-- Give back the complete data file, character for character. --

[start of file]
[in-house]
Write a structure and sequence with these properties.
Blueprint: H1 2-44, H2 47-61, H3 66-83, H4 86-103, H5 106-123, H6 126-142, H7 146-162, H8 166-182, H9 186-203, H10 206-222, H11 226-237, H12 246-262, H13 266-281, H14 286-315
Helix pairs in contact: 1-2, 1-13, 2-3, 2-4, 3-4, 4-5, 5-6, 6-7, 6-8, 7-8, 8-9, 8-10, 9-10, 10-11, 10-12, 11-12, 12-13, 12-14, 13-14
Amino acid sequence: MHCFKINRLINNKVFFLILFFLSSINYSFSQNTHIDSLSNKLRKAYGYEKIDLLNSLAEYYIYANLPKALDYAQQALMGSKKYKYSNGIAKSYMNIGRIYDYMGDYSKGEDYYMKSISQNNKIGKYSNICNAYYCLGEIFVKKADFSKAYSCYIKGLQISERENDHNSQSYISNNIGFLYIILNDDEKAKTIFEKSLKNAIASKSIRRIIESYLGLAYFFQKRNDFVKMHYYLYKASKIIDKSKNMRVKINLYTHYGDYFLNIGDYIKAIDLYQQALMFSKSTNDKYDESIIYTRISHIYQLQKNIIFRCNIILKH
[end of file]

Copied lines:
[in-house]
Write a structure and sequence with these properties.
Blueprint: H1 2-44, H2 47-61, H3 66-83, H4 86-103, H5 106-123, H6 126-142, H7 146-162, H8 166-182, H9 186-203, H10 206-222, H11 226-237, H12 246-262, H13 266-281, H14 286-315
Helix pairs in contact: 1-2, 1-13, 2-3, 2-4, 3-4, 4-5, 5-6, 6-7, 6-8, 7-8, 8-9, 8-10, 9-10, 10-11, 10-12, 11-12, 12-13, 12-14, 13-14
Amino acid sequence: MHCFKINRLINNKVFFLILFFLSSINYSFSQNTHIDSLSNKLRKAYGYEKIDLLNSLAEYYIYANLPKALDYAQQALMGSKKYKYSNGIAKSYMNIGRIYDYMGDYSKGEDYYMKSISQNNKIGKYSNICNAYYCLGEIFVKKADFSKAYSCYIKGLQISERENDHNSQSYISNNIGFLYIILNDDEKAKTIFEKSLKNAIASKSIRRIIESYLGLAYFFQKRNDFVKMHYYLYKASKIIDKSKNMRVKINLYTHYGDYFLNIGDYIKAIDLYQQALMFSKSTNDKYDESIIYTRISHIYQLQKNIIFRCNIILKH